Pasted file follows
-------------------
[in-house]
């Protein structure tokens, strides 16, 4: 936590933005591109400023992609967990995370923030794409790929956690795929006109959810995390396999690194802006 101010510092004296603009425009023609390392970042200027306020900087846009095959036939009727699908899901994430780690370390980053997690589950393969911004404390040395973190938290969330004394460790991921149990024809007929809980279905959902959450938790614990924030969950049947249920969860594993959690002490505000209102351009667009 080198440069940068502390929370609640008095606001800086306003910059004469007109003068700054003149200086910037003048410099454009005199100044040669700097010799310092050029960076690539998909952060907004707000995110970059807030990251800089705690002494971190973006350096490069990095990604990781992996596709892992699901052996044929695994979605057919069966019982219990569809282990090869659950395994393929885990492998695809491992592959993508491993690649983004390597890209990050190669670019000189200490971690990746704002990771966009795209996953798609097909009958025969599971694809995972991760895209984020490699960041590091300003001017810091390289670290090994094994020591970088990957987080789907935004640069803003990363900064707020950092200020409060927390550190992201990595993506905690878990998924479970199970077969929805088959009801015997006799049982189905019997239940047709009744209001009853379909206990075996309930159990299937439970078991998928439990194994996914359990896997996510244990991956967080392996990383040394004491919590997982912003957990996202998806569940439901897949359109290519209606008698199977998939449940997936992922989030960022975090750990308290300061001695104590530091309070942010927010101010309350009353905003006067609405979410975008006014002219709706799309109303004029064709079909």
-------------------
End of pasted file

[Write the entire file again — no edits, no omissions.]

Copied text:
[in-house]
């Protein structure tokens, strides 16, 4: 936590933005591109400023992609967990995370923030794409790929956690795929006109959810995390396999690194802006 101010510092004296603009425009023609390392970042200027306020900087846009095959036939009727699908899901994430780690370390980053997690589950393969911004404390040395973190938290969330004394460790991921149990024809007929809980279905959902959450938790614990924030969950049947249920969860594993959690002490505000209102351009667009 080198440069940068502390929370609640008095606001800086306003910059004469007109003068700054003149200086910037003048410099454009005199100044040669700097010799310092050029960076690539998909952060907004707000995110970059807030990251800089705690002494971190973006350096490069990095990604990781992996596709892992699901052996044929695994979605057919069966019982219990569809282990090869659950395994393929885990492998695809491992592959993508491993690649983004390597890209990050190669670019000189200490971690990746704002990771966009795209996953798609097909009958025969599971694809995972991760895209984020490699960041590091300003001017810091390289670290090994094994020591970088990957987080789907935004640069803003990363900064707020950092200020409060927390550190992201990595993506905690878990998924479970199970077969929805088959009801015997006799049982189905019997239940047709009744209001009853379909206990075996309930159990299937439970078991998928439990194994996914359990896997996510244990991956967080392996990383040394004491919590997982912003957990996202998806569940439901897949359109290519209606008698199977998939449940997936992922989030960022975090750990308290300061001695104590530091309070942010927010101010309350009353905003006067609405979410975008006014002219709706799309109303004029064709079909």